Afrikiko Global-Iceland Panorama Centre

Tourism is a major economic activity in our world with wide-ranging impact on economic growth, employment, and social development. It can be a powerful tool in fighting economic decline and unemployment. Nevertheless the tourism sector faces a series of challenges.Therefore we take our kind of tourism very seriously and have it as an integral part of our yearly programmes and projects. As already indicated it is your choice as to what kind of adventure you will like to experience. Our kind of tourism contributes in helping local communities and offering extraordinary volunteering opportunities that you'll remember for the rest of your life.

We recognise the inextricable links between poor health, unmet family planning needs, food insecurity, environmental degradation and vulnerability to climate change. We believe that it is important to appreciate the ways in which human and ecosystem health are intertwined. We engage communities in a variety of environmental and health topics through small group discussions, interactive theatre and school workshops. Exploring the connections between different themes enables us to broaden our reach, for example, getting men talking about family planning and involving women in fisheries management. Our approach to socially beneficial tourism means we empower people to make their own reproductive health choices, while equipping them with the skills they need to manage their resources sustainably.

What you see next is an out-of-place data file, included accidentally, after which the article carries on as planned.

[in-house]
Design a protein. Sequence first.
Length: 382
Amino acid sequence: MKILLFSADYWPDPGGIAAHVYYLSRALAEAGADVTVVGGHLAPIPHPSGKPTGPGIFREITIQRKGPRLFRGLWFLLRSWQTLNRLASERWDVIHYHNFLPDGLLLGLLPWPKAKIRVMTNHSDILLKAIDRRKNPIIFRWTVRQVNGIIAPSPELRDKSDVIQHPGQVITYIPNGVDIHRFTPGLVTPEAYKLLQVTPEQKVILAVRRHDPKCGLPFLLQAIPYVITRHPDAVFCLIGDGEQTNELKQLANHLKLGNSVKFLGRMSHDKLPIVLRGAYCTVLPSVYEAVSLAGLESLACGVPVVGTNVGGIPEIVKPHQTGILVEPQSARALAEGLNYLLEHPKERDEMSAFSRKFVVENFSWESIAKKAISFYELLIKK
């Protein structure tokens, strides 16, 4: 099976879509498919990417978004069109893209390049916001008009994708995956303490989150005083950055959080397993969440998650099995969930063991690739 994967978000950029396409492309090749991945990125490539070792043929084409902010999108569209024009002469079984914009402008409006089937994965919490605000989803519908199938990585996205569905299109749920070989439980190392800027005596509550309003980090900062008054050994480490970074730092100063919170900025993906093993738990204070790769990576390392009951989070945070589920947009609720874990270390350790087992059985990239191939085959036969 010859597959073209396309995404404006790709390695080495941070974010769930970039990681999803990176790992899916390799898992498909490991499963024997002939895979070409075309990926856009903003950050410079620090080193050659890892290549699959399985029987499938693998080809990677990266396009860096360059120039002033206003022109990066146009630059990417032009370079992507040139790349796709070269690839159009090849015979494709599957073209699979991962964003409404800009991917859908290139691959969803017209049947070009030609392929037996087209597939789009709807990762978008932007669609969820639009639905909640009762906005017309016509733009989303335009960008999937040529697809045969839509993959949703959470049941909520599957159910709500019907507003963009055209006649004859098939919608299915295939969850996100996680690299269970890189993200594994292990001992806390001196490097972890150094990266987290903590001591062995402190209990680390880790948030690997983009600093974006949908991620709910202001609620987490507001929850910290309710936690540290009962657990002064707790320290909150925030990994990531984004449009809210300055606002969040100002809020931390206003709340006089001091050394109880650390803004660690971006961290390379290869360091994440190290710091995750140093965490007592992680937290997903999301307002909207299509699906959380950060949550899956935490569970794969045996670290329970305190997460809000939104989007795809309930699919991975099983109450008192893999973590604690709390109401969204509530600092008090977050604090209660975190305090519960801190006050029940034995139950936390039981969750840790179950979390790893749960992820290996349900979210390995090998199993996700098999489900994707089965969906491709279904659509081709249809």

It has been shown to produce greater impacts than single-sector interventions, and to generate additional benefits such as the increased engagement of women in alternative livelihood activities. In other words when you join our tourism adventure you do much more that just having fun.You can help with marine conservation in far flung destinations like Vanuatu in the pacific, you can  stay with the locals and learn their culture and lifestyle. You can experience the African Savannah with the Bushmen and get curious on how they survive in their very remote environments.

You can live in a Caribbean Eco-cottage and observe the bee farmers do their magic to get some very tasty honey. It is also possible to spend some quality time with the Arawak Indians in South America and learn how to weathe by using Bamboo sticks. And what about the indigenous tribes of Asia and their friendly smiles and hospitality.The home of the world’s remaining forests, the planet’s biodiversity and rivers are in indigenous peoples’ territories. However, rampant large-scale development projects without regard to the environment and the indigenous peoples inhabiting these, are threatening to wipe out population and extract resources.